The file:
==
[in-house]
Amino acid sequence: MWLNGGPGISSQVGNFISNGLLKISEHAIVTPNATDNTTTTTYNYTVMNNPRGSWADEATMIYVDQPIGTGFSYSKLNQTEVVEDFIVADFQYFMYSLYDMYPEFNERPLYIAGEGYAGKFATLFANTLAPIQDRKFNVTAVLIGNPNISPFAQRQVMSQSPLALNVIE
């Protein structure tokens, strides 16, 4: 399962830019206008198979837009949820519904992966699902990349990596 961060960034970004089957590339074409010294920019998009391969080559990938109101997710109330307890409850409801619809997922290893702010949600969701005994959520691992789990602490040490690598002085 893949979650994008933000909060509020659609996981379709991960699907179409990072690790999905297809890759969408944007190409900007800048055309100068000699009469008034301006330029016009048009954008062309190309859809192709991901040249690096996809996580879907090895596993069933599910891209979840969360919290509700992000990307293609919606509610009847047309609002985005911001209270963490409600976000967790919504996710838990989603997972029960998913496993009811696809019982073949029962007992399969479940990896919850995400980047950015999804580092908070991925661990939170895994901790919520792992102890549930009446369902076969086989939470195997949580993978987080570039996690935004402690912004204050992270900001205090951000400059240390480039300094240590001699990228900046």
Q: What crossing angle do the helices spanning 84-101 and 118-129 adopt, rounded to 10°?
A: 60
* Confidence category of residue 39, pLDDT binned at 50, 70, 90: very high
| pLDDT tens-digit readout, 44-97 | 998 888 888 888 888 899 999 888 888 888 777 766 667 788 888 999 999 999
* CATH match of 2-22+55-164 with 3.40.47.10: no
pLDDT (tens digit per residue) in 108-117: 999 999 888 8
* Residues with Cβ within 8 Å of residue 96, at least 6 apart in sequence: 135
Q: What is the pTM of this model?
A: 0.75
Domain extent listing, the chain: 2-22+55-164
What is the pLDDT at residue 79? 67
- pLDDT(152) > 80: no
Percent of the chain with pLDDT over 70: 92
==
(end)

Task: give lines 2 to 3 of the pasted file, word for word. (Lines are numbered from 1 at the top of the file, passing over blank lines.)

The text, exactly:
Amino acid sequence: MWLNGGPGISSQVGNFISNGLLKISEHAIVTPNATDNTTTTTYNYTVMNNPRGSWADEATMIYVDQPIGTGFSYSKLNQTEVVEDFIVADFQYFMYSLYDMYPEFNERPLYIAGEGYAGKFATLFANTLAPIQDRKFNVTAVLIGNPNISPFAQRQVMSQSPLALNVIE
């Protein structure tokens, strides 16, 4: 399962830019206008198979837009949820519904992966699902990349990596 961060960034970004089957590339074409010294920019998009391969080559990938109101997710109330307890409850409801619809997922290893702010949600969701005994959520691992789990602490040490690598002085 893949979650994008933000909060509020659609996981379709991960699907179409990072690790999905297809890759969408944007190409900007800048055309100068000699009469008034301006330029016009048009954008062309190309859809192709991901040249690096996809996580879907090895596993069933599910891209979840969360919290509700992000990307293609919606509610009847047309609002985005911001209270963490409600976000967790919504996710838990989603997972029960998913496993009811696809019982073949029962007992399969479940990896919850995400980047950015999804580092908070991925661990939170895994901790919520792992102890549930009446369902076969086989939470195997949580993978987080570039996690935004402690912004204050992270900001205090951000400059240390480039300094240590001699990228900046």